Already having a one eyed Bostie girl that works with terminal phase children (those about to die), I had an idea of what to do. Having visited him often, I noticed that he was really caring for children and adults, mostly elder ones. It was THE SIGN to me.
Since I knew what to do to save his eye even if he would never see with it again. I brought Lucky home and his new sister started teaching him how to live with only one eye and the most important thing, what to do with sick people to comfort them...
He still has a lot to learn, but now he has a GOAL... TO HELP PEOPLE LIVE! All that with ME and my other babies... That's a GOOD LIFE NOW!!!
Here's Rocket Man (Rocky) and Grommett (Grommy) The Noo Yawk Heeroz. I adopted these two darlings from Col. Potter Cairn Rescue. I also fostered for Cairn Rescue and Sonnet, a fostered cairn was adopted locally. She got loose from her owners and was hiding in a wooded area near her new home. Because she was afraid, she hid from those looking for her.
I brought Rocky and Grommy to the site as they knew Sonnet from her foster home days. The boys left "pee-mail" all around the edges of the wooded area.
Next morning, her owners spotted Sonnet walking out of the woods. We believe the "pee-mail" my boys left helped her to venture out in the open and back to her home.
Rocky, Grommy, Sonnet and her cairn brother Shammy are now best buds and often have play dates.
Hi, I'm looking for the story about this rescue dog. I haven't been able to find it. I'd like to know what type of dog this is in the picture. I own one that looks almost identical to the dog in the picture and would like to read the story. I rescued mine down in Florida about 6 years ago. Any information would be greatly appreciated.
Pookie was apparently abandoned when her owners moved. She started hanging around our door everyday when my husband would come home from work. One day when I was signing for a UPS delivery, she ran into the house and the rest is history. I love that she chose to adopt us. She loves to sit with me when I sew and is now my quilting buddy. Pookie moved with us to central Florida and is enjoying the good life.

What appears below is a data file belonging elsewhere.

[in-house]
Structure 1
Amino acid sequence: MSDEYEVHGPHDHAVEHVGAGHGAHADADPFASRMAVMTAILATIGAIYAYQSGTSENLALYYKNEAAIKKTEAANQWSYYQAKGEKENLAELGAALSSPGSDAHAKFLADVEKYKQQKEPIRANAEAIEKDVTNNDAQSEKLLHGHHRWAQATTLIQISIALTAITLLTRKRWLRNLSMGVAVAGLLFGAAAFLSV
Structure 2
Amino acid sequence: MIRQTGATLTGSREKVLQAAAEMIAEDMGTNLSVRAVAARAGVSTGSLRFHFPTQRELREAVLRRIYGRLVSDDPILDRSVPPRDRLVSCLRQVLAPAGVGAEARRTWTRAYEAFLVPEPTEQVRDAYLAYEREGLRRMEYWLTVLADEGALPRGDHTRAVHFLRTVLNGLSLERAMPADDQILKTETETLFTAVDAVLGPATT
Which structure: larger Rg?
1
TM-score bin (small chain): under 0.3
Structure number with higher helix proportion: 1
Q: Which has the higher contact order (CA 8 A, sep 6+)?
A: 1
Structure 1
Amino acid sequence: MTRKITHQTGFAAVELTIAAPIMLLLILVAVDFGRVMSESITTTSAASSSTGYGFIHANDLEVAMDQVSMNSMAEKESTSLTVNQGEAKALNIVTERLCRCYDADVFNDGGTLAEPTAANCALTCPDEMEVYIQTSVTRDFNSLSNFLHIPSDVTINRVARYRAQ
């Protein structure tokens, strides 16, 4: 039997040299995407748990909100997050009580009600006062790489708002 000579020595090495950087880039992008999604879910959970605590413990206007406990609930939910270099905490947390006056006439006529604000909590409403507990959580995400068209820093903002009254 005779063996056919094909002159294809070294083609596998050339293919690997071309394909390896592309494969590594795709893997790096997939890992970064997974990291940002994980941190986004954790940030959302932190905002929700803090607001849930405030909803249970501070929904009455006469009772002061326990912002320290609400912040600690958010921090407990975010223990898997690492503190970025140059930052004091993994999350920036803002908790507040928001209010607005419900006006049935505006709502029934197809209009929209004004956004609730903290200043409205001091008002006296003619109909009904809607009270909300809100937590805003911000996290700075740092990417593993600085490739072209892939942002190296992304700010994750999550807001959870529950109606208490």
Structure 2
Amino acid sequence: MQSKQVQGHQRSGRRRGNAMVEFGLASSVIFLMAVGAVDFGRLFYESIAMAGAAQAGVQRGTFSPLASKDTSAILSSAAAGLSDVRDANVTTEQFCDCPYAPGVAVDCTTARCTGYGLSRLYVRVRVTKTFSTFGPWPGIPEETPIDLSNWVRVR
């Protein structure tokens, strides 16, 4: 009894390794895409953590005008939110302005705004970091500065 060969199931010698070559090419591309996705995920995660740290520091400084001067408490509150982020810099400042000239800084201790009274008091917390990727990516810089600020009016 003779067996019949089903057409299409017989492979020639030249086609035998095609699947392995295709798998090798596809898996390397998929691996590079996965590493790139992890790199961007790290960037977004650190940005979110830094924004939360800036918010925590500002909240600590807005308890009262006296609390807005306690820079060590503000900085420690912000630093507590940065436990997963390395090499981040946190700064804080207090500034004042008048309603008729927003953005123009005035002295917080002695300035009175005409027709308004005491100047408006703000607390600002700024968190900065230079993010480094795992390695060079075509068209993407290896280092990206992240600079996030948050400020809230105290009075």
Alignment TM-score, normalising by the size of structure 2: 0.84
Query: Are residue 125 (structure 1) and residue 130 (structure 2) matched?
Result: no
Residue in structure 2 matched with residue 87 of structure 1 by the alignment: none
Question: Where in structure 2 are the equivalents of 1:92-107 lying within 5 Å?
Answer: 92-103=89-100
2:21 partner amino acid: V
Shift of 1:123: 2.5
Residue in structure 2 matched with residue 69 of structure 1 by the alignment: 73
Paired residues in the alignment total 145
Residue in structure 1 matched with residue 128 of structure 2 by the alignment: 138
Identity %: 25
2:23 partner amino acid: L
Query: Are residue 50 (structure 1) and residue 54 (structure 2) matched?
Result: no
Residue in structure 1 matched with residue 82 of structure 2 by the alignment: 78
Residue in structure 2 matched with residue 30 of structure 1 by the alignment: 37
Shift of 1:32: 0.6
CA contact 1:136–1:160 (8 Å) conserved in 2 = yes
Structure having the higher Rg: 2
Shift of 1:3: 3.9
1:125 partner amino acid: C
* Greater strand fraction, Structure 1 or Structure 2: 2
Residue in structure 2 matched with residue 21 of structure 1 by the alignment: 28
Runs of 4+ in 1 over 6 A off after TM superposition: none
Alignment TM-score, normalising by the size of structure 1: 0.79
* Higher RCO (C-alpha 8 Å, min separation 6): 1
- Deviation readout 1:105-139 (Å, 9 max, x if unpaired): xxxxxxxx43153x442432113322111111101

I adopted Alex in 2004, on Christmas Eve from a shelter on Eastern Long Island. She had been abandoned and abused and was in the shelter for ten months when I found her. It was love at first lick. She was about fifteen months old then had very little interaction with people and other dogs. After adopting her I immediately began the process of socialization and obedience training. In spite of her difficult beginnings and early harsh treatment, Alex adjusted beautifully to life outside the shelter. She became comfortable with and trusting of the people she came in contact with. We eventually became involved with the Delta Society and certified as a therapy dog and handler team. Alex is my constant companion; but also my working partner. I am speech pathologist and my clients are adolescents and young adults with autism and severe emotional disabilities. I am very fortunate and I am able to bring her to work with me. My clients love her! She has helped nonverbal students develop language; and assisted adolescents with severe emotional disabilities learn to deal with their anxiety, develop trust and demonstrate sympathy, compassion and patience. She is truly the perfect example of the expression regarding “man’s best friend.” To many of my clients, their best friend is a 114 pound Akita named “Alex;” and every time I watch the reaction of these youngsters with her, my heart melts. A huge smile comes across my face; and I can’t imagine what my life would be like without her. I know that for many of the youngsters I work with, their lives have become much brighter, and many of them have become more open and communicative all because of her gentle acceptance of their specific uniqueness.